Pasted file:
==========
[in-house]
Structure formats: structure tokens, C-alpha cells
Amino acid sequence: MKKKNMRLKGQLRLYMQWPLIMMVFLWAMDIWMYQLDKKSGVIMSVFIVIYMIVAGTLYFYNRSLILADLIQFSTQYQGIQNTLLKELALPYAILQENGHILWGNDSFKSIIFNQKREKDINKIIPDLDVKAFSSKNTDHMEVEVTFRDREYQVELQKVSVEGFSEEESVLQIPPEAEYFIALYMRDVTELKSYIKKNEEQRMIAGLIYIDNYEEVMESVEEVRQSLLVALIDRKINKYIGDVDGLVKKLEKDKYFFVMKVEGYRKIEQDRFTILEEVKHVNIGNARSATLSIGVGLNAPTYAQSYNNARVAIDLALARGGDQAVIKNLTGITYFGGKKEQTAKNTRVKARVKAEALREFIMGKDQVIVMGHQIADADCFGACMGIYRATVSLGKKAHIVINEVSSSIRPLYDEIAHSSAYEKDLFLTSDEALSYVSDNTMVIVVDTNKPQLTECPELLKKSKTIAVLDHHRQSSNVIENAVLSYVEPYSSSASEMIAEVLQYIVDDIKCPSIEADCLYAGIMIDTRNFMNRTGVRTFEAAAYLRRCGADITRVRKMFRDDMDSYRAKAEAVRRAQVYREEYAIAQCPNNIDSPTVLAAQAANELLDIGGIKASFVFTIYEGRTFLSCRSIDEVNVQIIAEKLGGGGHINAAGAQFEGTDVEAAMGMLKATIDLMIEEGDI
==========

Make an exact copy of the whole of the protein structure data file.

[in-house]
Structure formats: structure tokens, C-alpha cells
Amino acid sequence: MKKKNMRLKGQLRLYMQWPLIMMVFLWAMDIWMYQLDKKSGVIMSVFIVIYMIVAGTLYFYNRSLILADLIQFSTQYQGIQNTLLKELALPYAILQENGHILWGNDSFKSIIFNQKREKDINKIIPDLDVKAFSSKNTDHMEVEVTFRDREYQVELQKVSVEGFSEEESVLQIPPEAEYFIALYMRDVTELKSYIKKNEEQRMIAGLIYIDNYEEVMESVEEVRQSLLVALIDRKINKYIGDVDGLVKKLEKDKYFFVMKVEGYRKIEQDRFTILEEVKHVNIGNARSATLSIGVGLNAPTYAQSYNNARVAIDLALARGGDQAVIKNLTGITYFGGKKEQTAKNTRVKARVKAEALREFIMGKDQVIVMGHQIADADCFGACMGIYRATVSLGKKAHIVINEVSSSIRPLYDEIAHSSAYEKDLFLTSDEALSYVSDNTMVIVVDTNKPQLTECPELLKKSKTIAVLDHHRQSSNVIENAVLSYVEPYSSSASEMIAEVLQYIVDDIKCPSIEADCLYAGIMIDTRNFMNRTGVRTFEAAAYLRRCGADITRVRKMFRDDMDSYRAKAEAVRRAQVYREEYAIAQCPNNIDSPTVLAAQAANELLDIGGIKASFVFTIYEGRTFLSCRSIDEVNVQIIAEKLGGGGHINAAGAQFEGTDVEAAMGMLKATIDLMIEEGDI